In 1947 Congress acted to rein in “Big Labor” by passing (over President Truman’s veto) what came to be known as the Taft-Hartley Act. Among its provisions was a section permitting states to outlaw union shop agreements between workers and management– what some anti-union PR genius labeled “right to work” laws.
These laws bar unions and employers from requiring all employees covered by a collective bargaining agreement to either join the union or pay the equivalent of dues to the union. However unions almost always represent employees who refuse to join or make payments. So these employees receive all the benefits of being union members– the wage and benefit increases negotiated by the union, the right to union representation in grievance and arbitration cases– without paying a dime of the costs. Which is why some of us call these people freeloaders.Yes indeed, as far as Gene at 'Harry's Place' is concerned, those people who don't want to kick back part of their salary to a cabal they don't want to join are the freeloaders...
Also, shameless opportunism before the blood's even dry, the continued infiltration of the justice system, bah humbug, please save the Earth! and irrefutable evidence that, at heart, their desire to control the language knows no bounds.
That's some seriously twisted logic there.
Yes indeed, as far as Gene at 'Harry's Place' is concerned, those people who don't want to kick back part of their salary to a cabal they don't want to join are the freeloaders...
Where can I join Freeloaders Anonymous?
I once saw the negative effect of the closed shop when I worked in the newspaper industry. Demarcation rules were so extreme that a photographer who owned a 'wire machine' (for the younger readers this was a device for scanning and transmitting photographs over the telephone line). This photographer lived in terror that the SOGAT and NGA union members would hear of his possessino of such a machine (as an NUJ member he was strictly forbidden by demarcation agreement from using a wire machine (only NGA or SOGAT workers could use a wire machine).
I also in the same industry saw how closed shops made it difficult to get into the print game for new entrants. I remember accompanying a friend who wanted to start work in the newspaper production industry,as he trotted round from NGA local office to NGA local office to see if, as the son of an NGA member he would be taken on by the union. Back then if you were not a member of a union that had an agreement with the management then you could not be hired. This gave shop stewards an incredible amount of power in hiring and firing for various print businesses.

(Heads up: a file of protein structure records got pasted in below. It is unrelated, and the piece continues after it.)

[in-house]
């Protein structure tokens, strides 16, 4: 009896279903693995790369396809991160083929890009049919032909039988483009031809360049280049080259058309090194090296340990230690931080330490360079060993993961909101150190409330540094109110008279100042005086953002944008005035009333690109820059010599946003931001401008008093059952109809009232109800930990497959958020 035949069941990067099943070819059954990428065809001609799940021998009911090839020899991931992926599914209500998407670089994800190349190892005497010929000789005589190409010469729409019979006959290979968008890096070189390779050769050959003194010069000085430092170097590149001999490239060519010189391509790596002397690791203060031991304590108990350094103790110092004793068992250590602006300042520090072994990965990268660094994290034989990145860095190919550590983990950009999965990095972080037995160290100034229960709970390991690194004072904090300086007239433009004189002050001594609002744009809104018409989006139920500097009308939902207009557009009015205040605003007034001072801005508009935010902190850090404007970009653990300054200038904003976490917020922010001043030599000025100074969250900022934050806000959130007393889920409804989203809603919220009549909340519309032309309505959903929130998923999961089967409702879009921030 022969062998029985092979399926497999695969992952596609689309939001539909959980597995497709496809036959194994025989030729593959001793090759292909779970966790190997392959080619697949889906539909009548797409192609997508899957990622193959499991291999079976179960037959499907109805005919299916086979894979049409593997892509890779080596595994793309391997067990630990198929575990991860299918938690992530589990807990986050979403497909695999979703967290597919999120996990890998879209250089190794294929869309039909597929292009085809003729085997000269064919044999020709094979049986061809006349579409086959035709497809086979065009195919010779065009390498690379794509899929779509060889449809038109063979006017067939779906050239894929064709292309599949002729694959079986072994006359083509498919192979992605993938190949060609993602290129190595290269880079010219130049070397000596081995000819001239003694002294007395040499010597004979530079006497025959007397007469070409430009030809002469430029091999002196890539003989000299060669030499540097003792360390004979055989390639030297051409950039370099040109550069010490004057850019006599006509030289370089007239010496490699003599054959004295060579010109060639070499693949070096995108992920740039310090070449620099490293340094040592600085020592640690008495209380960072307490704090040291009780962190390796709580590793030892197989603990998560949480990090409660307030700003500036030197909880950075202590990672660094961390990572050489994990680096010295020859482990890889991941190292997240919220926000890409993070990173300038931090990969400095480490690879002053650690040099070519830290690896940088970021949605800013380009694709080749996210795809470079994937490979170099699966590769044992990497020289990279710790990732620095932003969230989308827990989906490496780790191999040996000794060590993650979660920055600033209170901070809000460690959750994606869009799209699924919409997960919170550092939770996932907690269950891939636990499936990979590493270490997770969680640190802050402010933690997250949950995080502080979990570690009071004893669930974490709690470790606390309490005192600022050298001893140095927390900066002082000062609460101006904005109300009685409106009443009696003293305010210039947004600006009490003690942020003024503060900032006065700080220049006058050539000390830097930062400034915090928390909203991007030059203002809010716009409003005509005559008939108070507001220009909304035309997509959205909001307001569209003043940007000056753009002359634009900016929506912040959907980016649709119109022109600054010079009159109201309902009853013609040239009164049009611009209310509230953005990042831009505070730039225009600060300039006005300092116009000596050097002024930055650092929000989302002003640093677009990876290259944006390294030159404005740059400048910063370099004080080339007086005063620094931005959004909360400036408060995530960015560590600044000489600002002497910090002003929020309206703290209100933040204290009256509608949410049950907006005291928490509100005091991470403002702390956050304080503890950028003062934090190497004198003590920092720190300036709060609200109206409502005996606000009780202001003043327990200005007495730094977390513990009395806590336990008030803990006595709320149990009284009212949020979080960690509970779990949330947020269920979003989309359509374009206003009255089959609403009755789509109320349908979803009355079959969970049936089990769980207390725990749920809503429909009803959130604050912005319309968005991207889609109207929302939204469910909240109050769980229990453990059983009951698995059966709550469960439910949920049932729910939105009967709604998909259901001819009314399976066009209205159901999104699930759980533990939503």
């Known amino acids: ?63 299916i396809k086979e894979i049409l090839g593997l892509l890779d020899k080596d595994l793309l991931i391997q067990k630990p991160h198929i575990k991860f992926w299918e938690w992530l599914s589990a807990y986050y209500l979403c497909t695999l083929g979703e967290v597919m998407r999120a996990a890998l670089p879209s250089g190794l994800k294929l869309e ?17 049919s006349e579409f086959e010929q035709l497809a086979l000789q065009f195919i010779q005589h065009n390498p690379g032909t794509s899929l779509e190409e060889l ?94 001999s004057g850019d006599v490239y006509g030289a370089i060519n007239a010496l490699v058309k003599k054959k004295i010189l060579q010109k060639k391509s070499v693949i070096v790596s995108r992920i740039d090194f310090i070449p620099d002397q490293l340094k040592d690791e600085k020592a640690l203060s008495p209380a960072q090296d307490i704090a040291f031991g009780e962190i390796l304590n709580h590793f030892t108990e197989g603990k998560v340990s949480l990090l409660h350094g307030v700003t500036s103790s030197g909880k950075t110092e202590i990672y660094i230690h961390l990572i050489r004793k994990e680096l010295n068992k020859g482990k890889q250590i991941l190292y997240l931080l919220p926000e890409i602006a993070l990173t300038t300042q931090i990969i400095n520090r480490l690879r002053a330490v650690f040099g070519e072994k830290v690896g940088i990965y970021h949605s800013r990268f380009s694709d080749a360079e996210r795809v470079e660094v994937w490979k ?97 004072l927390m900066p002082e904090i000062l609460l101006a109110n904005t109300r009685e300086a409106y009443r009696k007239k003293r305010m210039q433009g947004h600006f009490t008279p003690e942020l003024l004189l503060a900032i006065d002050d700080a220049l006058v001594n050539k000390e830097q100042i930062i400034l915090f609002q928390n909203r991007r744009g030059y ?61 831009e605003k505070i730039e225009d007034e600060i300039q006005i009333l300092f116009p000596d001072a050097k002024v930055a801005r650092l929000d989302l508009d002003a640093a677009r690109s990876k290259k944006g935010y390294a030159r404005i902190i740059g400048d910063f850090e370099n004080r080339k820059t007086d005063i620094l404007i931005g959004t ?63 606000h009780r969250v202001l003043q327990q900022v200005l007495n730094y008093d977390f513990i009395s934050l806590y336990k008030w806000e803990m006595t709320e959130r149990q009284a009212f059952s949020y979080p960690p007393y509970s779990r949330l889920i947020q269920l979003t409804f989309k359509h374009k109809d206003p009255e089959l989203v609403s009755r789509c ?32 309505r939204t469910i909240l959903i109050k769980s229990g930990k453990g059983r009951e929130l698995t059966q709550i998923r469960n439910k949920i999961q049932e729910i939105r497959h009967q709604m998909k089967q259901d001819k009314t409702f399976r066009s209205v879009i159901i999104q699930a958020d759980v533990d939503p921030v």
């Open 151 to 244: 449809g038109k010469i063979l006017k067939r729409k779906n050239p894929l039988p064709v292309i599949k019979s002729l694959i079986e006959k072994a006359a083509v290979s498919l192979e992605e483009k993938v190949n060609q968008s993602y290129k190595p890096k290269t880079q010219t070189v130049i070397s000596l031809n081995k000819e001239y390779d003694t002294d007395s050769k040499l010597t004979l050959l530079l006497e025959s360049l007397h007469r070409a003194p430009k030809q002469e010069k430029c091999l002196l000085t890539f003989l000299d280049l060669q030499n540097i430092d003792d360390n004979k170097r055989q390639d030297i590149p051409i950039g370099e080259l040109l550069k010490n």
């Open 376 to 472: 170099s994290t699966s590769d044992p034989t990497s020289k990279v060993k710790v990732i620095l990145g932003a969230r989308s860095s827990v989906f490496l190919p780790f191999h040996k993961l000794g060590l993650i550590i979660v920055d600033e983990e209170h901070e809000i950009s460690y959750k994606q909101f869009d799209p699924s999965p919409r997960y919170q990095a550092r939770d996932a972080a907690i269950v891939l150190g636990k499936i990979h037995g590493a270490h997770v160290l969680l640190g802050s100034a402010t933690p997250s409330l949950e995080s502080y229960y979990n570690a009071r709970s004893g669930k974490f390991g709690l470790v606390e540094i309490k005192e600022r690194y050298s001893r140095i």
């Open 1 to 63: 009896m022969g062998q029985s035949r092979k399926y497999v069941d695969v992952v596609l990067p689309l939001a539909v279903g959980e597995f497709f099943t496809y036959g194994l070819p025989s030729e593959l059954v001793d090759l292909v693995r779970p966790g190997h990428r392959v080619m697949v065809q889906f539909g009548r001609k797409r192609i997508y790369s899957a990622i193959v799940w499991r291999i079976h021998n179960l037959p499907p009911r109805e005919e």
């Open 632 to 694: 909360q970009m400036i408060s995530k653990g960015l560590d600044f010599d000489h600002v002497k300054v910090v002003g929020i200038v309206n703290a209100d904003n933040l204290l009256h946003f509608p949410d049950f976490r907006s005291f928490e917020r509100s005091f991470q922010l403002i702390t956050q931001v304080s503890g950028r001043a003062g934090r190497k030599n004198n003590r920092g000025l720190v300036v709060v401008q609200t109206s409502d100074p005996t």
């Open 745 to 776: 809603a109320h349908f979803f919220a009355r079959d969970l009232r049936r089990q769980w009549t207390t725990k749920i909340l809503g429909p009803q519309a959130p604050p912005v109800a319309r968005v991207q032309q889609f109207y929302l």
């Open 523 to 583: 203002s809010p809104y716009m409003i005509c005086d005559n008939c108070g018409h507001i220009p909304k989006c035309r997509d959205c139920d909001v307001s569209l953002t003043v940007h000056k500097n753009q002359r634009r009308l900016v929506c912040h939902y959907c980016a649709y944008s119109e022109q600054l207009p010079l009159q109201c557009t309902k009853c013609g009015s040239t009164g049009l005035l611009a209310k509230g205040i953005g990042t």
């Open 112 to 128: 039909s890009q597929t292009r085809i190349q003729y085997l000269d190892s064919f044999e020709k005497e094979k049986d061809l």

The closed shop, as I experienced it, held the newspaper industry back. British newspapers hung on to the 'hot metal linotype processs' far longer than other countries newspaper producers, almost exclusively because to replace the hot metal process with something more modern, would have caused so many ructions with the Unions.
I would go so far as to say it was only Rupert Murdoch's move to Wapping that saved Britain's newspaper industry.
Aaaah, can I, as "a member" just point out that you really haven't lived until you have sat through an impassioned diatribe from "a fellow union member" explaining, nay demanding that as "the Union" is recognised by "the management" for all negotiating purposes connected with salaries, conditions of service etc. anyone who isn't a member and doesn't pay their dues should not have the benefit of any improvements that "the union" secures - sometimes the impassioned person throws in a potential "sop" clause under which the non union members who contribute an amount equivalent to what their dues would be to "a charidee" could perhaps be allowed to receive "the benefits the union negotiates" and I mustn't forget the occasionally chipped in "the non members should have to negotiate their own agreements", although these types are usually rendered silent by someone explaining the potential pitfalls in such an arrangement, like the "management" waking up to the fact that as their are more non members than members, going down the route of doing exactly that and effectively sidelining the union completely.
"That's some seriously twisted logic there."
"I would go so far as to say it was only Rupert Murdoch's move to Wapping that saved Britain's newspaper industry."
And - as a result - don't the left-wing press loathe him for it?
"... although these types are usually rendered silent by someone explaining the potential pitfalls in such an arrangement, like the "management" waking up to the fact that as their are more non members than members, going down the route of doing exactly that and effectively sidelining the union completely."
I'll have to remember that one....
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